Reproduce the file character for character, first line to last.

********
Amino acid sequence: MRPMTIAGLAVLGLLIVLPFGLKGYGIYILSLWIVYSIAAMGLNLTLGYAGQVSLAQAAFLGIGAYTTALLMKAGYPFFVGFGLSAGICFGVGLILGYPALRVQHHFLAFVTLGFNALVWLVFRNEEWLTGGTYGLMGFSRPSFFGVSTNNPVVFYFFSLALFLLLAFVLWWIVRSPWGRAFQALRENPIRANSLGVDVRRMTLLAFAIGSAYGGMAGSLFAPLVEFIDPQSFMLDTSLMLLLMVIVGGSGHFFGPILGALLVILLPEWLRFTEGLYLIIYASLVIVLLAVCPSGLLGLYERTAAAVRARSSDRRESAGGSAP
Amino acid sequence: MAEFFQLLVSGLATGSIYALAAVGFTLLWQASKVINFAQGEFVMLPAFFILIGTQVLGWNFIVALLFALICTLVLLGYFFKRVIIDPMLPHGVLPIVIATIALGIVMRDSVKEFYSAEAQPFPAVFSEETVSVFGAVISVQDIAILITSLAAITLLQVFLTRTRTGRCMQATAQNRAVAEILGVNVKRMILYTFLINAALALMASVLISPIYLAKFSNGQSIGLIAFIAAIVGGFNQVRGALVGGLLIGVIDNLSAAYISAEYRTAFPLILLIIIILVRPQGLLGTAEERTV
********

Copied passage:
Amino acid sequence: MRPMTIAGLAVLGLLIVLPFGLKGYGIYILSLWIVYSIAAMGLNLTLGYAGQVSLAQAAFLGIGAYTTALLMKAGYPFFVGFGLSAGICFGVGLILGYPALRVQHHFLAFVTLGFNALVWLVFRNEEWLTGGTYGLMGFSRPSFFGVSTNNPVVFYFFSLALFLLLAFVLWWIVRSPWGRAFQALRENPIRANSLGVDVRRMTLLAFAIGSAYGGMAGSLFAPLVEFIDPQSFMLDTSLMLLLMVIVGGSGHFFGPILGALLVILLPEWLRFTEGLYLIIYASLVIVLLAVCPSGLLGLYERTAAAVRARSSDRRESAGGSAP
Amino acid sequence: MAEFFQLLVSGLATGSIYALAAVGFTLLWQASKVINFAQGEFVMLPAFFILIGTQVLGWNFIVALLFALICTLVLLGYFFKRVIIDPMLPHGVLPIVIATIALGIVMRDSVKEFYSAEAQPFPAVFSEETVSVFGAVISVQDIAILITSLAAITLLQVFLTRTRTGRCMQATAQNRAVAEILGVNVKRMILYTFLINAALALMASVLISPIYLAKFSNGQSIGLIAFIAAIVGGFNQVRGALVGGLLIGVIDNLSAAYISAEYRTAFPLILLIIIILVRPQGLLGTAEERTV